Video Conference Wills & Estate Planning

Video Conference Wills & Estate Planning

Lawyers are traditionally very slow at adopting technology, and the laws typically evolve over long periods of time. 

Despite electronic signatures being widely adopted in the commercial world, lawyers and the law have been a little slow to catch up.

In 2020, the law took a massive step forward, with the passing of the Electronic Transactions Amendment (COVID-19 Witnessing of Documents) Regulation 2020 (NSW). 

Video Conference Wills

With the passing of the regulation, we can now witness the following documents using video conferencing:

  • Wills;
  • Power of Attorney;
  • Enduring Guardianship Appointments;
  • Deeds and Contracts;
  • Affidavits; and
  • Statutory Declarations

Necessity breeds innovation … whilst disappointed that it took a global pandemic for this innovation, Mason Lawyers welcomes this step forward.

Traditionally, witnesses to documents needed to be physically present in the same room, and at the same time, as the document was signed.

Whilst a big step forward logistically in all areas of law, clients wishing to have their estate planning undertaken remotely are the big winners from the legislation!

The Devil is in the Detail

As with all laws, the devil is in the detail.

All normal requirements for the execution of documents remain.  For a Will, this includes that there are two witnesses to the execution of the Will.

For a Will signed using video conferencing, the two witnesses must both:

  1. Observe the Will-maker signing the document in real time, through the video conference.
  2. Confirm the signature was witnessed by signing the Will, or a copy of the Will.
  3. Be reasonably satisfied the Will the witness signs is the same document, or a copy of the document signed by the Will-maker.
  4. Endorse the Will, or the copy of the Will, with a statement specifying the method used to witness the Will and that the Will was witnessed in accordance with the regulation.

Any failure to comply with the strict technical requirements can invalidate the Will.

What about DocuSign?

For those of you familiar with DocuSign and other electronic signing platforms, you will recognise that these platforms will not comply with the new requirements.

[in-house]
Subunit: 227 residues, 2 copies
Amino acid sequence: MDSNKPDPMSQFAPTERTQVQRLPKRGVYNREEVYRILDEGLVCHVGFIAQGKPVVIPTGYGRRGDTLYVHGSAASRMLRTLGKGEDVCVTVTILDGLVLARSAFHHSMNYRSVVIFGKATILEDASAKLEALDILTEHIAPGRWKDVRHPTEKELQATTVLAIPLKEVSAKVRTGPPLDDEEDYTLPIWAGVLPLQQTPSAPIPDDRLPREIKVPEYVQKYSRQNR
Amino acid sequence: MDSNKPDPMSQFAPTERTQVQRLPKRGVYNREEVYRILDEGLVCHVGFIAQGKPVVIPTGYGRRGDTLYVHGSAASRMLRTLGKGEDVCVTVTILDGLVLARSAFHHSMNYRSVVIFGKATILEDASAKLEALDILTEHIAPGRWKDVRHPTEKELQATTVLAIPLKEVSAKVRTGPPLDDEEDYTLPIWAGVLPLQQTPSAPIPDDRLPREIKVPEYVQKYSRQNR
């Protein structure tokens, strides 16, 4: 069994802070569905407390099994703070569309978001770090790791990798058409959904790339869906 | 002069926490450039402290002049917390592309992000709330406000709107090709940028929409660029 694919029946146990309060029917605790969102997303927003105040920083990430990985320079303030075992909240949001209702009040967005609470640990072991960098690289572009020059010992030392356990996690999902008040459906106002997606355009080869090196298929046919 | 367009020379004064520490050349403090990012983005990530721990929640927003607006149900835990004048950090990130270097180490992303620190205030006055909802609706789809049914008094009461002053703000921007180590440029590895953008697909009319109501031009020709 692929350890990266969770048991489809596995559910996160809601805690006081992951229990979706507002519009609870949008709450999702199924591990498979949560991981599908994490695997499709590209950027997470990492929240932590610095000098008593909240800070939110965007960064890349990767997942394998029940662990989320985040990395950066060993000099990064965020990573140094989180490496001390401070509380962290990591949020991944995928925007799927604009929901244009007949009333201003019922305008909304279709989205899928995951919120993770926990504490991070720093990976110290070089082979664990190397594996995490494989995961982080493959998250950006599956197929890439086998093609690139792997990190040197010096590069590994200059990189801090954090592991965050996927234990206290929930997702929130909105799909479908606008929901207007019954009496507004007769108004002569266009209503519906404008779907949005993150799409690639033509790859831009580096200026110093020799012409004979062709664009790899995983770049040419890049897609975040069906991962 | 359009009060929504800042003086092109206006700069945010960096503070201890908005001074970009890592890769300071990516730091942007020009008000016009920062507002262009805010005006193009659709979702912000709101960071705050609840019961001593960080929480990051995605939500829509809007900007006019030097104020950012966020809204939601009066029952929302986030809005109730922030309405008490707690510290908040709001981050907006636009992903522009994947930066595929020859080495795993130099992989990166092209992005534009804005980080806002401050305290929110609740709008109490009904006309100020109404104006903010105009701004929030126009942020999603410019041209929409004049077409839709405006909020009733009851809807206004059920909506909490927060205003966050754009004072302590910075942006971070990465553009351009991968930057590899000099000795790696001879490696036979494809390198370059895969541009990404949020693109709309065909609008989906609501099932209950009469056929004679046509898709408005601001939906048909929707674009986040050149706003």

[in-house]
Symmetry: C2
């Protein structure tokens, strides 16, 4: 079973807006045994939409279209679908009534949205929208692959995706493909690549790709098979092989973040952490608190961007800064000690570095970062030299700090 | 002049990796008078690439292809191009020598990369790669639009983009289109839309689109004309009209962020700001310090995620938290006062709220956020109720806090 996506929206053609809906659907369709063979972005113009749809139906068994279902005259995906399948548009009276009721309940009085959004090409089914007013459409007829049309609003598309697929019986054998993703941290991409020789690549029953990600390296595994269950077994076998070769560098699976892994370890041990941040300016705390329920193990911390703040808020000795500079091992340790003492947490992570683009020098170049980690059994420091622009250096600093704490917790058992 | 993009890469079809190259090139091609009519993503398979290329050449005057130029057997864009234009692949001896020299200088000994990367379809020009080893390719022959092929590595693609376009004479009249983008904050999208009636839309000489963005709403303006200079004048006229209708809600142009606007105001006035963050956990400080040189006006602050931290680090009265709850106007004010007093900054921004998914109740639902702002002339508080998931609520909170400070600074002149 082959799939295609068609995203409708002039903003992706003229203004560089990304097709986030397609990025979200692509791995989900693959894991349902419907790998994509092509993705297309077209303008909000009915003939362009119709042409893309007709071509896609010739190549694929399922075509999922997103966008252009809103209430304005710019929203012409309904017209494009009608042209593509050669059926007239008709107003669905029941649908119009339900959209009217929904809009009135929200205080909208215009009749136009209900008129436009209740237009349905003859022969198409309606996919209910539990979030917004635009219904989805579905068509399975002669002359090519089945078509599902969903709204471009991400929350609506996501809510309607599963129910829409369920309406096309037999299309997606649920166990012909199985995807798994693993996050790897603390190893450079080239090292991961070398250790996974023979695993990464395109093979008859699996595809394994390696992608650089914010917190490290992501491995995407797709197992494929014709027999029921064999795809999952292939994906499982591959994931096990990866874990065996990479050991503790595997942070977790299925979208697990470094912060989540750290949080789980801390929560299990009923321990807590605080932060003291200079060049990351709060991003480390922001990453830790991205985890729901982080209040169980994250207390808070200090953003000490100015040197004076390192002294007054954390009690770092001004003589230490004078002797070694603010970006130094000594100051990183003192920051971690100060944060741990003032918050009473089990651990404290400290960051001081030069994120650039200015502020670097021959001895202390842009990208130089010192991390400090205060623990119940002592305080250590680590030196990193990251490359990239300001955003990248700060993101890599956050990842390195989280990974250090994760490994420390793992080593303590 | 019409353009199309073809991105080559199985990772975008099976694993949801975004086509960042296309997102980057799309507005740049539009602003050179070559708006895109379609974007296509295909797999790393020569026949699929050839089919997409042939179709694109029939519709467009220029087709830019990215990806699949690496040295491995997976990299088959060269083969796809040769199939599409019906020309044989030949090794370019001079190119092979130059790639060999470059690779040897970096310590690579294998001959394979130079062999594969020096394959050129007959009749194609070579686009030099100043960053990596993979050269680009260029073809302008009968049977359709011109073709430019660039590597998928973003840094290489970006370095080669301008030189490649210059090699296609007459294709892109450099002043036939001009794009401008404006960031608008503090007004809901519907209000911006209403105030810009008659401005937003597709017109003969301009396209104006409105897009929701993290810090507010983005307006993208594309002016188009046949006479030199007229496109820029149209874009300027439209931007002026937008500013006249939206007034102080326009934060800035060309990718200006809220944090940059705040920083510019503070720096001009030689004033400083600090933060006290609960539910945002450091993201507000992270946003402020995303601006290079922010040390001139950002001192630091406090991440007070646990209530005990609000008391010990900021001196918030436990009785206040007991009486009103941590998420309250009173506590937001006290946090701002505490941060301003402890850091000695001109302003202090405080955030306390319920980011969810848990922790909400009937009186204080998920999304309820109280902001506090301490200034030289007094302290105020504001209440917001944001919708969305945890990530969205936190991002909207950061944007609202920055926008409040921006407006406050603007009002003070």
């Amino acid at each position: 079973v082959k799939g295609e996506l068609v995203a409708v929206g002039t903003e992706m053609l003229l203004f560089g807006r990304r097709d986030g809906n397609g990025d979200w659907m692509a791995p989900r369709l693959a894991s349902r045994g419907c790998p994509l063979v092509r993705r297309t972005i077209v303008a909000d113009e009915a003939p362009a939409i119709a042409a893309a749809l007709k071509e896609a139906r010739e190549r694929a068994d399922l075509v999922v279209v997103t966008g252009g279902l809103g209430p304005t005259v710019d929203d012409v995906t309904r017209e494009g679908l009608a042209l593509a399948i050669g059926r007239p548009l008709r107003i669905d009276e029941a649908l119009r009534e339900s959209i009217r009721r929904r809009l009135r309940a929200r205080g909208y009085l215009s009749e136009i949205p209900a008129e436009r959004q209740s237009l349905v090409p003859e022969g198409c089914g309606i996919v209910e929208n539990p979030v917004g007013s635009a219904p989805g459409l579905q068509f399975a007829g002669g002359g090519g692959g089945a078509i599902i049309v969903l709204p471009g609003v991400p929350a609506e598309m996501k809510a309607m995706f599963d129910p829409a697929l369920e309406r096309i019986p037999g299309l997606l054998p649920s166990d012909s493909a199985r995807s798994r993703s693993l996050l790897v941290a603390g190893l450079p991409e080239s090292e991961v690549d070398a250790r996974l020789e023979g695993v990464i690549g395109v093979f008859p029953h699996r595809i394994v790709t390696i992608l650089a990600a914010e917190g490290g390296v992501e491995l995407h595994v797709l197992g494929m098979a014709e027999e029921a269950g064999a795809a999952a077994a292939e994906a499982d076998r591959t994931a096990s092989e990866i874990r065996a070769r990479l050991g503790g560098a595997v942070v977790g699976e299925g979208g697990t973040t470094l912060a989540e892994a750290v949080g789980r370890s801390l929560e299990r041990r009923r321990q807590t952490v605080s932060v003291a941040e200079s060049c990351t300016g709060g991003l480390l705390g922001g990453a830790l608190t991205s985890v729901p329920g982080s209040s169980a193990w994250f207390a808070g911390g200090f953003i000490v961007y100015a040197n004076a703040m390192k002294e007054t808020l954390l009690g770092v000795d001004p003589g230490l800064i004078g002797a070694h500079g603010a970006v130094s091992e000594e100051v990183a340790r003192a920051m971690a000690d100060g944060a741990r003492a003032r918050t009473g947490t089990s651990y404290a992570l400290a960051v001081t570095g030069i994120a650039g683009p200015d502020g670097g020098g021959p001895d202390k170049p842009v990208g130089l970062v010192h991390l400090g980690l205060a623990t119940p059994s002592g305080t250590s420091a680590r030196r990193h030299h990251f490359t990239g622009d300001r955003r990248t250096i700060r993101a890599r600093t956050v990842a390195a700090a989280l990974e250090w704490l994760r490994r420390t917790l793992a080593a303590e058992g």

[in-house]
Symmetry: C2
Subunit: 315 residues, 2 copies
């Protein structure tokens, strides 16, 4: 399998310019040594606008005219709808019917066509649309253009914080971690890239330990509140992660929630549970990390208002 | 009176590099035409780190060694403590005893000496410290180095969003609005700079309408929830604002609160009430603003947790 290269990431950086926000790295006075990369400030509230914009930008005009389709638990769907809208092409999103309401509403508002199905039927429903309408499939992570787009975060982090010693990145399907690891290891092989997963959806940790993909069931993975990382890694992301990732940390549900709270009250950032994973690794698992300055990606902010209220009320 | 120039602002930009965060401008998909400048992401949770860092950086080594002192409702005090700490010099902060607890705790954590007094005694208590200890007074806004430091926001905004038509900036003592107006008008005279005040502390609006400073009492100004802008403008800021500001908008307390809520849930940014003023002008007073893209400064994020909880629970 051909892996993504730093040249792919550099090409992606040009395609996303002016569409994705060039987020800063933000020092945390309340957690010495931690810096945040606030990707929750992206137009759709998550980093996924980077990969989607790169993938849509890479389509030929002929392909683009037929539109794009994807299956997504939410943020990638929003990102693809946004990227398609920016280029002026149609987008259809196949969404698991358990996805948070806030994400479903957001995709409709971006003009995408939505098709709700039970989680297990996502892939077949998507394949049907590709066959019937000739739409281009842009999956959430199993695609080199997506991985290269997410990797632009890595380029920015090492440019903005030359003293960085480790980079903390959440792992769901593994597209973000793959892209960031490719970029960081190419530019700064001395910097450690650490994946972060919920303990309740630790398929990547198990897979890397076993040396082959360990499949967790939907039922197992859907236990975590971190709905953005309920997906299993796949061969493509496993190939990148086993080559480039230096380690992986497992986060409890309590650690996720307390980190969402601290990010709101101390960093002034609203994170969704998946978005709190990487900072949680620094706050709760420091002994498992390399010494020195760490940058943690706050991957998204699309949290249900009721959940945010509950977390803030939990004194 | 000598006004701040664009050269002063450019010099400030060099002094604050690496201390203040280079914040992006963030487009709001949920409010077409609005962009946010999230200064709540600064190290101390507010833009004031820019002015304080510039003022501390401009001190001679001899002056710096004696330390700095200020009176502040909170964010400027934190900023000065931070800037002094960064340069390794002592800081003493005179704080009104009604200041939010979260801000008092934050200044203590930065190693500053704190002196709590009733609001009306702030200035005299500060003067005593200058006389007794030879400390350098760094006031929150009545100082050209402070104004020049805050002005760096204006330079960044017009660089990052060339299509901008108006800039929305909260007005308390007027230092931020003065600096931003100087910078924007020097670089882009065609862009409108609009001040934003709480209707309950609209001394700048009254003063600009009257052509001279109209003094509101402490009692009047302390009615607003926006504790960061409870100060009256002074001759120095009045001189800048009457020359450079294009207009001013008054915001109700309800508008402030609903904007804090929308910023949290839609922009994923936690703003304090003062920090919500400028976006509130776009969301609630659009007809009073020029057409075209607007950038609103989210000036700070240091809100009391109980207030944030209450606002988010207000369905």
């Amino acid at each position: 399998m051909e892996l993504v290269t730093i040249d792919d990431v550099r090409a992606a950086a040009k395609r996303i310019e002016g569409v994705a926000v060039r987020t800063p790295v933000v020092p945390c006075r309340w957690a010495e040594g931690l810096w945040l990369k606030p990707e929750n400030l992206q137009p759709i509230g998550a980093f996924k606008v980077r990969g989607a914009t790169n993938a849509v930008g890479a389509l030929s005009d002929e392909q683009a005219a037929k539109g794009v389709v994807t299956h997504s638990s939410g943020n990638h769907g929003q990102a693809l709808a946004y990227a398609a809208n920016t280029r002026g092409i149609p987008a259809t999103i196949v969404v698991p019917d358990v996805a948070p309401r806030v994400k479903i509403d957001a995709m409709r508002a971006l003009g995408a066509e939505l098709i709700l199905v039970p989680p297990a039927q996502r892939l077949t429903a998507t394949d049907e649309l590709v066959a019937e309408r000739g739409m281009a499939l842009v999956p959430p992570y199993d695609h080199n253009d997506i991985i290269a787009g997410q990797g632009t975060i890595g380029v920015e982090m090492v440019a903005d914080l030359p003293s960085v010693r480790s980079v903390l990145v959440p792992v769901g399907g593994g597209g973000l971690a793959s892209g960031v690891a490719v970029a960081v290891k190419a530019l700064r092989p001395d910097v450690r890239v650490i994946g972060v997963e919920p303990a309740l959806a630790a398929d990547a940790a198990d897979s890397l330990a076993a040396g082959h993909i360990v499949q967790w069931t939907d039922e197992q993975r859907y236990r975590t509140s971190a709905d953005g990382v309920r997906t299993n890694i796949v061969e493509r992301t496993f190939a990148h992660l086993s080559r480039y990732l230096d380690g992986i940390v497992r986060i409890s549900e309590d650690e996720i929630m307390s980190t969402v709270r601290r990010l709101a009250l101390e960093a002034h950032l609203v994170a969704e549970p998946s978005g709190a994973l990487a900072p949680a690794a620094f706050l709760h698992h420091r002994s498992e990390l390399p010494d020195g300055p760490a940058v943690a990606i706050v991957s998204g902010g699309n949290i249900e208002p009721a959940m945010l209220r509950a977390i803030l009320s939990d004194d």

Whilst that was clearly an option for the law makers, clearly it was a step too far … and for good reason.  This was the subject of some discussion in our office, in anticipation of the new law.  

The risk of someone making a Will using their partner’s or parent’s DocuSign signature is far too great.  The requirement for video conferencing verification, provides that added layer of protection.

We’re Ready to Assist You by Video Conference Wills signing

At Mason Lawyers, we are here to guide you through all aspects of estate planning, no matter how complex your affairs are. 

We’ve been conducting video conferences with clients since the start of the COVID-19 crisis, and are ready to go with the new law. 

The whole process can be managed through video conferencing and emails, and can be completed from start to finish in as little as 24 hours.

To start your estate planning, use our contact form today or call us on (02) 4929 4499 to make a video conference appointment with one of our lawyers.

Ross Mason
Ross Mason

21 Jun, 2021

The information in this article is intended to provide general information only and does not constitute legal advice. If you require legal advice specific to your particular circumstances, you must formally engage a lawyer or law firm. The law is subject to change, and whilst we strive to keep our content up-to-date, developments may occur after publication. The information contained on our website should not be relied upon or used as a definitive or complete statement of the relevant law. Mason Lawyers takes no responsibility for any use of the information provided. Liability limited by a scheme approved under Professional Standards Legislation.

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